[34]  In conclusion, I find that the pricing information in Records 3 to 7 contains commercial and financial information relating to the affected parties. Therefore, part 1 of the test under section 10(1) is met for the pricing information in Records 3 to 7. I find the scoring information in Records 1, 2 and 3 does not contain the type of information listed in section 10(1)  of the Act . Therefore, section 10(1) cannot apply to exempt the scoring information in Records 1 to 3 from disclosure. However, for the sake of completeness, I will consider whether the scoring information in Records 1 to 3 meets part 2 of the test.

Part 2: Supplied in Confidence

[35]  The requirement that the information was supplied to the institution reflects the purpose in section 10(1) of protecting the informational assets of third parties. [9]

[36]  Information may qualify as supplied under section 10(1) if it was directly supplied to an institution by a third party, or where disclosure would reveal or permit the drawing of accurate inferences with respect to information supplied by a third party. [10]

[37]  In order to satisfy the in confidence component of part 2 of the section 10(1) test, the parties resisting disclosure must establish that the supplier of the information had a reasonable expectation of confidentiality, implicit or explicit, at the time the information was provided. This expectation must have an objective basis. [11]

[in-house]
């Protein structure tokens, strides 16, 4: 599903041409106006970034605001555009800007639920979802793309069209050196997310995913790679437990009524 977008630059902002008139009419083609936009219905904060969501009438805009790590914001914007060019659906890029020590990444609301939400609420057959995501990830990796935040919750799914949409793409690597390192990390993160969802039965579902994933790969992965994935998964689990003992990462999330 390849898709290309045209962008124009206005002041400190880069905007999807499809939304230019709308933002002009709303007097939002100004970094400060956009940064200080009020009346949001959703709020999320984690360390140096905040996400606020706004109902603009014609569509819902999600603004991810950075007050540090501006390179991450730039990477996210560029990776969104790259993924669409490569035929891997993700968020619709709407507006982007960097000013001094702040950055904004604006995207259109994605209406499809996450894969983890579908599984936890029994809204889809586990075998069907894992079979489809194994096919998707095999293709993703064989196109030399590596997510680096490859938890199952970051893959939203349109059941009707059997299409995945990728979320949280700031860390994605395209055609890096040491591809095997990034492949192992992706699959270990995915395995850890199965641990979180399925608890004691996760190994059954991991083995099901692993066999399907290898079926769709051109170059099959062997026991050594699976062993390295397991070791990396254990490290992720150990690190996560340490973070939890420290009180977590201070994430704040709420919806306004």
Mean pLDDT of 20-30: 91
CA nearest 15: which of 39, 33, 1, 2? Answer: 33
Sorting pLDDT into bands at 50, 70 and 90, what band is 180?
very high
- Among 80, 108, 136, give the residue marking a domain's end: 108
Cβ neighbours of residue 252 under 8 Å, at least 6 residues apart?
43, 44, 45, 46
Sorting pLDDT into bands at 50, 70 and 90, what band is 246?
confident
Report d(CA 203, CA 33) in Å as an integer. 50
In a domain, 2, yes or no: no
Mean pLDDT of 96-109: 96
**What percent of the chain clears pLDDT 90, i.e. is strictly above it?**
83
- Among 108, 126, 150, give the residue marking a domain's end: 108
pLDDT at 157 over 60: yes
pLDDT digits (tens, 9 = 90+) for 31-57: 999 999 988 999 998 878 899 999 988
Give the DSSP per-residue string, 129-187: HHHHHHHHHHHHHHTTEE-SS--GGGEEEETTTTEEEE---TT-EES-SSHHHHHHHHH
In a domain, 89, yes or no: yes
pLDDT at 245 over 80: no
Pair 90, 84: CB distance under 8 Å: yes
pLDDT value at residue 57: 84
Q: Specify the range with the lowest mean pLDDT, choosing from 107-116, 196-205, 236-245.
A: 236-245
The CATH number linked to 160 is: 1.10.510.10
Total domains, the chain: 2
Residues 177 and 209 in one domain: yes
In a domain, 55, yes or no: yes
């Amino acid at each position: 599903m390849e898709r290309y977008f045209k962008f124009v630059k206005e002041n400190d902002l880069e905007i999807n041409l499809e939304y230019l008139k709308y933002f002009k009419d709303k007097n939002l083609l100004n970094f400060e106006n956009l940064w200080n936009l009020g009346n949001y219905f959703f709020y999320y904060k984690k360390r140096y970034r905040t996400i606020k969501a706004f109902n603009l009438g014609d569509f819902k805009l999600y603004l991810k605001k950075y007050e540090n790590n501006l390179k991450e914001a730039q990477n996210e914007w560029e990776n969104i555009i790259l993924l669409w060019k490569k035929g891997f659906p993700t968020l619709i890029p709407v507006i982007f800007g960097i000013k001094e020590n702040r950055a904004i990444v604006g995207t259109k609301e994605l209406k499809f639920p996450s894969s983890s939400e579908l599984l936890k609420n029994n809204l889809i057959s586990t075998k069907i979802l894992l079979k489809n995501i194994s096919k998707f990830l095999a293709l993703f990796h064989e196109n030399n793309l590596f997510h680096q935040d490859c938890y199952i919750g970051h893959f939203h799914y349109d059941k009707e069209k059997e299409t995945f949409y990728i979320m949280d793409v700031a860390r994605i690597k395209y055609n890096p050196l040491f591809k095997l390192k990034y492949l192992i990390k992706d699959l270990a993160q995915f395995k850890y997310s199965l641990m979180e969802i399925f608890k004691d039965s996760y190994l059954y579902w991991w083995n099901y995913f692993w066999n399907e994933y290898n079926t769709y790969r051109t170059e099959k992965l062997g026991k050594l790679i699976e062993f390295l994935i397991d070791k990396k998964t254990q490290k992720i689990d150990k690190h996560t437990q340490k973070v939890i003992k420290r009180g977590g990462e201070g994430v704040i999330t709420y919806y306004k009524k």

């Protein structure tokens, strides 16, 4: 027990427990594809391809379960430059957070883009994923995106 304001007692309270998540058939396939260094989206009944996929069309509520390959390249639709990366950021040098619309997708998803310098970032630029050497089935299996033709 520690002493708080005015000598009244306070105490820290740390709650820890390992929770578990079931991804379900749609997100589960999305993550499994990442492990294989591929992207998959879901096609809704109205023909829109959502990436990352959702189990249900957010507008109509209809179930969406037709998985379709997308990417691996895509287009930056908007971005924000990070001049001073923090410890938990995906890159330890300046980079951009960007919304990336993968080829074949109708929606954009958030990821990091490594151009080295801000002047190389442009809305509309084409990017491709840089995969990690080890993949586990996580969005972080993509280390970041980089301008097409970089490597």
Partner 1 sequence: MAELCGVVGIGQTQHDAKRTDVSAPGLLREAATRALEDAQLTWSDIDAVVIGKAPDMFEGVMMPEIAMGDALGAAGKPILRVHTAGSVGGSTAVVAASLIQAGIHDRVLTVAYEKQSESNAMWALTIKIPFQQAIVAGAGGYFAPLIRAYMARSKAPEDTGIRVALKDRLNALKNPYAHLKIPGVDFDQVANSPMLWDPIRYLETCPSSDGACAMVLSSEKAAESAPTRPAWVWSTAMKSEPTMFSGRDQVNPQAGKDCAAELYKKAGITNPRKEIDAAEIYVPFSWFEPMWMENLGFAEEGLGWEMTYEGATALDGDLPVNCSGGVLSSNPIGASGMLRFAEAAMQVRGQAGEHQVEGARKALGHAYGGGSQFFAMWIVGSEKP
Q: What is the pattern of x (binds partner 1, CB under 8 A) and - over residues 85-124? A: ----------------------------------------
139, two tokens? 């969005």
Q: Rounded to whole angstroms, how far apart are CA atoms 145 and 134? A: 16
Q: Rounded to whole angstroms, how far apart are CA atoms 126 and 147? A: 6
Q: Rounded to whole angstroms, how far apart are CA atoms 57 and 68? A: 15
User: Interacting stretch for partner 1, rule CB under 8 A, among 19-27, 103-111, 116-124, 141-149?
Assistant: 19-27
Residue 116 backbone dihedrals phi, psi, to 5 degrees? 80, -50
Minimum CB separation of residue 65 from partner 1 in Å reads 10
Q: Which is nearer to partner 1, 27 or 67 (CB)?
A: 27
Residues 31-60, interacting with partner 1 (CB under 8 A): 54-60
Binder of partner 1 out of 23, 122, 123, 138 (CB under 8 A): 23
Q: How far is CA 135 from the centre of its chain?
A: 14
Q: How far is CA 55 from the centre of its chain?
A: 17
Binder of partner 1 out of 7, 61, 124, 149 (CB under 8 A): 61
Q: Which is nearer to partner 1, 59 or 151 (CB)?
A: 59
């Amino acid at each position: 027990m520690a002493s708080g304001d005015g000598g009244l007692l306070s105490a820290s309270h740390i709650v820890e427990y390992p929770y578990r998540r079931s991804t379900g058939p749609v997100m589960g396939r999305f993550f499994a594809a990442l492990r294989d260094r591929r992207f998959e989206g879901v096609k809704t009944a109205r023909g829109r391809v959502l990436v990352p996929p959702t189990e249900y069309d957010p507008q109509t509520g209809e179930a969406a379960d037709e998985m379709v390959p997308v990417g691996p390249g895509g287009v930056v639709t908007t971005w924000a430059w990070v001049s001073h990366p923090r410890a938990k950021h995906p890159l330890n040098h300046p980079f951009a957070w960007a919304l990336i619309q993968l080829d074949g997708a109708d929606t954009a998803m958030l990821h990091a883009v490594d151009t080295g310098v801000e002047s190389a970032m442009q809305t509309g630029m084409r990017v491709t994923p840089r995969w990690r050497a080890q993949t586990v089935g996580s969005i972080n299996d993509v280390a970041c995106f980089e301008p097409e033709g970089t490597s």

[38]  In determining whether an expectation of confidentiality is based on reasonable and objective grounds, all the circumstances of the case are considered, including whether the information was

  • communicated to the institution on the basis that it was confidential and that it was to be kept confidential
  • treated consistently by the third party in a manner that indicates a concern for confidentiality
  • not otherwise disclosed or available from sources to which the public has access
  • prepared for a purpose that would not entail disclosure. [12]

[39]  The affected parties submit they supplied the information at issue to the TTC in confidence.

[40]  The successful proponent submits it directly prepared and provided Records 3 to 7 to the TTC “to allow [the] TTC to make an accurate inference of whether [the successful proponent] could successfully complete the requirements within the RFP.” In addition, the successful proponent submits that none of the records were involved in any form of negotiation between itself and the TTC and was not “mutually generated.”